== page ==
33 thoughts on “Dutch king continued slave trade after official ban

  1. I’m no expert on the subject but would guess most slave traders kept it going long after abolition. In many cases all it took was a little tweaking of blurred lines – case in point – the share cropper system of indenture.


  2. Pingback: History of sugar, and slavery, at Amsterdam museum | Dear Kitty. Some blog

  3. Pingback: Dutch royal peacock escapes from palace | Dear Kitty. Some blog

  4. Pingback: Ancient fortress discovery in Indonesia | Dear Kitty. Some blog

  5. Pingback: Tony Blair: mealy-mouthed non-apology for old slavery; doing nothing against new slavery | Dear Kitty. Some blog

  6. Pingback: Dutch slavery in Indonesia, new book | Dear Kitty. Some blog

  7. Pingback: Drowned Mozambican slaves honoured in South Africa | Dear Kitty. Some blog

  8. Pingback: New film Blackface on Dutch Saint Nicholas holiday | Dear Kitty. Some blog

  9. Pingback: ‘Dutch king, apologize for war crimes in Indonesia’ | Dear Kitty. Some blog

  10. Pingback: War criminals honoured in Japan | Dear Kitty. Some blog

  11. Pingback: Georgetown University, USA and its slavery history | Dear Kitty. Some blog

  12. Pingback: New photos of Dutch war crimes in Indonesia discovered | Dear Kitty. Some blog

  13. Pingback: Paul Robeson, African-American anti-racist singer, new biography | Dear Kitty. Some blog

  14. Pingback: Pro-slavery -genocide statues in the Netherlands? | Dear Kitty. Some blog

  15. Pingback: Trump whitewashes nazis, British Theresa May still welcomes him | Dear Kitty. Some blog

  16. Pingback: African refugees abused in NATO’s ‘new’ Libya | Dear Kitty. Some blog

  17. Pingback: NATO’s ‘humanitarian’ war brought Libya bloodshed, slavery | Dear Kitty. Some blog

  18. Pingback: British taxpayers’ money for corrupt Libyan anti-refugee gangsters | Dear Kitty. Some blog

  19. Enkele dekoloniale kanttekeningen bij de tentoonstelling over “Afrikaanse bedienden aan het Haagse hof”

    In het Haags Historisch Museum is nog tot en met 28 januari de tentoonstelling “Afrikaanse bedienden aan het Haagse hof” te zien. Centraal staan het levensverhaal van Willem Frederik Cupido, Guan Anthony Sideron en andere van oorsprong Afrikaanse bedienden, die in de achttiende eeuw tot slaaf werden gemaakt en aan Europese hoven werden geschonken. Dat is een niet vaak verteld verhaal, en zeker niet vanuit het perspectief van de tot slaaf gemaakten. De expositie is interessant en steekt zeker positief af bij veel andere tentoonstellingen rond het koloniale verleden. Toch zijn er wel degelijk enkele anti-racistische – of beter: dekoloniale – kanttekeningen bij te zetten. Lees meer:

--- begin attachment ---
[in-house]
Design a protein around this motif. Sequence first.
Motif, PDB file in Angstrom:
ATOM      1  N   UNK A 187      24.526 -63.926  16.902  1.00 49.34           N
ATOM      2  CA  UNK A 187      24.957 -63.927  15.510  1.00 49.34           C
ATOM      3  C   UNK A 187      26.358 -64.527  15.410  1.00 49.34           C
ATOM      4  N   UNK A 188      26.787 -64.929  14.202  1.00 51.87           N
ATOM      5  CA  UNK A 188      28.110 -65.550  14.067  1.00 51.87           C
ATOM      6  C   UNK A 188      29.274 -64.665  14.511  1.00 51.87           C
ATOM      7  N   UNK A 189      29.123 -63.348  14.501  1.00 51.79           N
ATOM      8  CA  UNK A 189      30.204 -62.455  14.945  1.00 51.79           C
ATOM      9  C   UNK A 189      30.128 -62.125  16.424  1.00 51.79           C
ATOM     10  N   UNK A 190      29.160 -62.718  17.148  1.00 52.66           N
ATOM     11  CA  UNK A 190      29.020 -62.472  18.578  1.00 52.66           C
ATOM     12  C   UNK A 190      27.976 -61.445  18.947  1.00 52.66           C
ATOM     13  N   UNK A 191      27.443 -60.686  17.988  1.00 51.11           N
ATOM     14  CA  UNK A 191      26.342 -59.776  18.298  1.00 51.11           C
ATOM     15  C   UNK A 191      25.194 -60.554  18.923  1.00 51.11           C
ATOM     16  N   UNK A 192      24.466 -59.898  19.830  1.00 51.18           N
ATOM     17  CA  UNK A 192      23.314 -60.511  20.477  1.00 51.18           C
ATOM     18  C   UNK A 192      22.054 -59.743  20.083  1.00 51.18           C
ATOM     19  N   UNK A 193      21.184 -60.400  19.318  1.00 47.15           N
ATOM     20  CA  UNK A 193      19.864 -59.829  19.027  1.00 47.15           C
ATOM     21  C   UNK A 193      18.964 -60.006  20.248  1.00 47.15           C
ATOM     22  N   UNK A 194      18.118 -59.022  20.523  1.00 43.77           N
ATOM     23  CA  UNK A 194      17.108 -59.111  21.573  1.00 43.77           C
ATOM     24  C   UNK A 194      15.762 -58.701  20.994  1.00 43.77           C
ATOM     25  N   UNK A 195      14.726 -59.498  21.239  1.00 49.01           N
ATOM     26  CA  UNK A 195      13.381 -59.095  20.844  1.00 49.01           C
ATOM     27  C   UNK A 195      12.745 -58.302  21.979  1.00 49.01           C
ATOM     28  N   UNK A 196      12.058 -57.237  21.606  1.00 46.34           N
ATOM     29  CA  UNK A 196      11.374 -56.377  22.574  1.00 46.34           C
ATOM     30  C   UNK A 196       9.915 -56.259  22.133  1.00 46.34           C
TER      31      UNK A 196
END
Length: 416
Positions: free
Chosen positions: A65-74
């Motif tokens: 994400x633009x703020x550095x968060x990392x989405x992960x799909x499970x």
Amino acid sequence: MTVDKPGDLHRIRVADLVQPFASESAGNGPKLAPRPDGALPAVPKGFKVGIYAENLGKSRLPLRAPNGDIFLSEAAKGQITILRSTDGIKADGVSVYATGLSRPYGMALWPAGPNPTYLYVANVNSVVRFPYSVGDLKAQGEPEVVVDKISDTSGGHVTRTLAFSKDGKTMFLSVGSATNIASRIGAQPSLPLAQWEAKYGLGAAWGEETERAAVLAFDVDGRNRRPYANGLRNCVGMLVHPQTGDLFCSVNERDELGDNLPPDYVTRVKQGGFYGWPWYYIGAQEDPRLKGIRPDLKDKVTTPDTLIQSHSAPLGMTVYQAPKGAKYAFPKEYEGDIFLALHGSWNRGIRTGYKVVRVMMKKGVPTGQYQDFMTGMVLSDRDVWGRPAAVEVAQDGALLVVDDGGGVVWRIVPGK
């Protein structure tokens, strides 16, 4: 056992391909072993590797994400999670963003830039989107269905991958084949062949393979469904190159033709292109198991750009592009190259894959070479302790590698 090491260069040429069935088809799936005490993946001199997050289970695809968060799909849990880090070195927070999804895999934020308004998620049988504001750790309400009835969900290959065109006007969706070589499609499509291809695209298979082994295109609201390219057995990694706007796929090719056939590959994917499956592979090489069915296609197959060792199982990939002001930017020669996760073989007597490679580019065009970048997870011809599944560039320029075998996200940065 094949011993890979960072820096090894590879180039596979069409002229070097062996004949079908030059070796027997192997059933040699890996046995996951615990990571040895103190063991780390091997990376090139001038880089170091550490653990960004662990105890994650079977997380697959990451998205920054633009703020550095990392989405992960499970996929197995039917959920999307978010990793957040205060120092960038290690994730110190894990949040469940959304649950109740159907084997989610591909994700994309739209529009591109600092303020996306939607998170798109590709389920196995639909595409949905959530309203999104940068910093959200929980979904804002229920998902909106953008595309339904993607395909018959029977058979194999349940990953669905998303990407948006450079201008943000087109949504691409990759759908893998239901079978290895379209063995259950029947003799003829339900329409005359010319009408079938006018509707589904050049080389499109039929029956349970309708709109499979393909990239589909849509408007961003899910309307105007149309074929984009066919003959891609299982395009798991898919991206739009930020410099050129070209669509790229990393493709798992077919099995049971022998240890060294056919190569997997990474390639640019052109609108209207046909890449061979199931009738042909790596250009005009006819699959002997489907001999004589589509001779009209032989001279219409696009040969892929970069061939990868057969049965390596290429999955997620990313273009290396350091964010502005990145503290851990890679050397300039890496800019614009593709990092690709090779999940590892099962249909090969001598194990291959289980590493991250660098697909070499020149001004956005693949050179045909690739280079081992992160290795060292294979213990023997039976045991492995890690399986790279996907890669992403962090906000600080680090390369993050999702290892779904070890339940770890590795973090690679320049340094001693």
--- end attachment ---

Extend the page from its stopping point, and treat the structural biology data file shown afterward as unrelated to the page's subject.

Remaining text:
20. Pingback: Protests against Libyan slave markets | Dear Kitty. Some blog

  21. Pingback: ‘Indict Libyan slave traders at International Criminal Court’ | Dear Kitty. Some blog

  22. Pingback: Slavery in Libya, more protests | Dear Kitty. Some blog

  23. Pingback: Suriname 19th century slavery now online | Dear Kitty. Some blog

  24. Pingback: Dutch Mauritshuis museum and its slave-trading founder | Dear Kitty. Some blog

  25. Pingback: Rumphius and the seashells of Ambon | Dear Kitty. Some blog

  26. Pingback: Trump’s aggressive anti-Latin American policies | Dear Kitty. Some blog

  27. Pingback: Surinamese Anansi stories, now part of Dutch heritage | Dear Kitty. Some blog

  28. Pingback: Peterloo film by Mike Leigh, review, interview | Dear Kitty. Some blog

  29. Pingback: Dutch war crimes in Sumatra, Indonesia investigation | Dear Kitty. Some blog

Leave a Reply

Fill in your details below or click an icon to log in:

WordPress.com Logo

You are commenting using your WordPress.com account. Log Out /  Change )

Google photo

You are commenting using your Google account. Log Out /  Change )

Twitter picture

You are commenting using your Twitter account. Log Out /  Change )

Facebook photo

You are commenting using your Facebook account. Log Out /  Change )

Connecting to %s

This site uses Akismet to reduce spam. Learn how your comment data is processed.